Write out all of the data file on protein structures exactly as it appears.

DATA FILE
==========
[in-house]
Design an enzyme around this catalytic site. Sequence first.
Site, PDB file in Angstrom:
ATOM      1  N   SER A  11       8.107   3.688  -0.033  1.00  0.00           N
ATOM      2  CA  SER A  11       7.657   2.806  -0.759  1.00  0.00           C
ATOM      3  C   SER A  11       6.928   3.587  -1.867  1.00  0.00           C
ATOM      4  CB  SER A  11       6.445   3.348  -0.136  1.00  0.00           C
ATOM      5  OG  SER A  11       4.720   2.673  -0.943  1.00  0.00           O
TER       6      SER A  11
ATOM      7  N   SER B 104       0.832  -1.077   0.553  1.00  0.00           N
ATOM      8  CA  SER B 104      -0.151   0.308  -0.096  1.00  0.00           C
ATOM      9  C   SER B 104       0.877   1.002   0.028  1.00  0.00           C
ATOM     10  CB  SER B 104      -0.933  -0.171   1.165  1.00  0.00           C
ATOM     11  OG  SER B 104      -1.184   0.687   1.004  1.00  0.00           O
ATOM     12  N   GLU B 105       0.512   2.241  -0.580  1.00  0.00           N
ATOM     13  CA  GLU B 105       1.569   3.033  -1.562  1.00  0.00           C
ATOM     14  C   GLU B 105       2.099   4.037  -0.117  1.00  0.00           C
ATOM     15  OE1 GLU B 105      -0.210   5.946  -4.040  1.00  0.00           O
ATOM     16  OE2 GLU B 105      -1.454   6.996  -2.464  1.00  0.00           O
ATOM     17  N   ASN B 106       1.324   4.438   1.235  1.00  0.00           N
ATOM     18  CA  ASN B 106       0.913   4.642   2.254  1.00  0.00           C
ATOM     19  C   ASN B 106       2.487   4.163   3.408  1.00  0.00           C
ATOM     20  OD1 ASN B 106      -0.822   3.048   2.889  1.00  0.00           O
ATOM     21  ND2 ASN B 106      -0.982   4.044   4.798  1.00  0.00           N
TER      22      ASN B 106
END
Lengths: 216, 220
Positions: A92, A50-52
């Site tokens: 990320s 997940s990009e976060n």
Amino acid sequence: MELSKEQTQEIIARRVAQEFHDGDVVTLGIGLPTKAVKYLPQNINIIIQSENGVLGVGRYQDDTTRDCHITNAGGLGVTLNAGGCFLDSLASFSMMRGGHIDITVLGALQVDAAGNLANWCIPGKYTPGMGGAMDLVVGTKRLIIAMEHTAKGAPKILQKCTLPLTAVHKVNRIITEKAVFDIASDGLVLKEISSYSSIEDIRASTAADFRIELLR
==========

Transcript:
[in-house]
Design an enzyme around this catalytic site. Sequence first.
Site, PDB file in Angstrom:
ATOM      1  N   SER A  11       8.107   3.688  -0.033  1.00  0.00           N
ATOM      2  CA  SER A  11       7.657   2.806  -0.759  1.00  0.00           C
ATOM      3  C   SER A  11       6.928   3.587  -1.867  1.00  0.00           C
ATOM      4  CB  SER A  11       6.445   3.348  -0.136  1.00  0.00           C
ATOM      5  OG  SER A  11       4.720   2.673  -0.943  1.00  0.00           O
TER       6      SER A  11
ATOM      7  N   SER B 104       0.832  -1.077   0.553  1.00  0.00           N
ATOM      8  CA  SER B 104      -0.151   0.308  -0.096  1.00  0.00           C
ATOM      9  C   SER B 104       0.877   1.002   0.028  1.00  0.00           C
ATOM     10  CB  SER B 104      -0.933  -0.171   1.165  1.00  0.00           C
ATOM     11  OG  SER B 104      -1.184   0.687   1.004  1.00  0.00           O
ATOM     12  N   GLU B 105       0.512   2.241  -0.580  1.00  0.00           N
ATOM     13  CA  GLU B 105       1.569   3.033  -1.562  1.00  0.00           C
ATOM     14  C   GLU B 105       2.099   4.037  -0.117  1.00  0.00           C
ATOM     15  OE1 GLU B 105      -0.210   5.946  -4.040  1.00  0.00           O
ATOM     16  OE2 GLU B 105      -1.454   6.996  -2.464  1.00  0.00           O
ATOM     17  N   ASN B 106       1.324   4.438   1.235  1.00  0.00           N
ATOM     18  CA  ASN B 106       0.913   4.642   2.254  1.00  0.00           C
ATOM     19  C   ASN B 106       2.487   4.163   3.408  1.00  0.00           C
ATOM     20  OD1 ASN B 106      -0.822   3.048   2.889  1.00  0.00           O
ATOM     21  ND2 ASN B 106      -0.982   4.044   4.798  1.00  0.00           N
TER      22      ASN B 106
END
Lengths: 216, 220
Positions: A92, A50-52
């Site tokens: 990320s 997940s990009e976060n």
Amino acid sequence: MELSKEQTQEIIARRVAQEFHDGDVVTLGIGLPTKAVKYLPQNINIIIQSENGVLGVGRYQDDTTRDCHITNAGGLGVTLNAGGCFLDSLASFSMMRGGHIDITVLGALQVDAAGNLANWCIPGKYTPGMGGAMDLVVGTKRLIIAMEHTAKGAPKILQKCTLPLTAVHKVNRIITEKAVFDIASDGLVLKEISSYSSIEDIRASTAADFRIELLR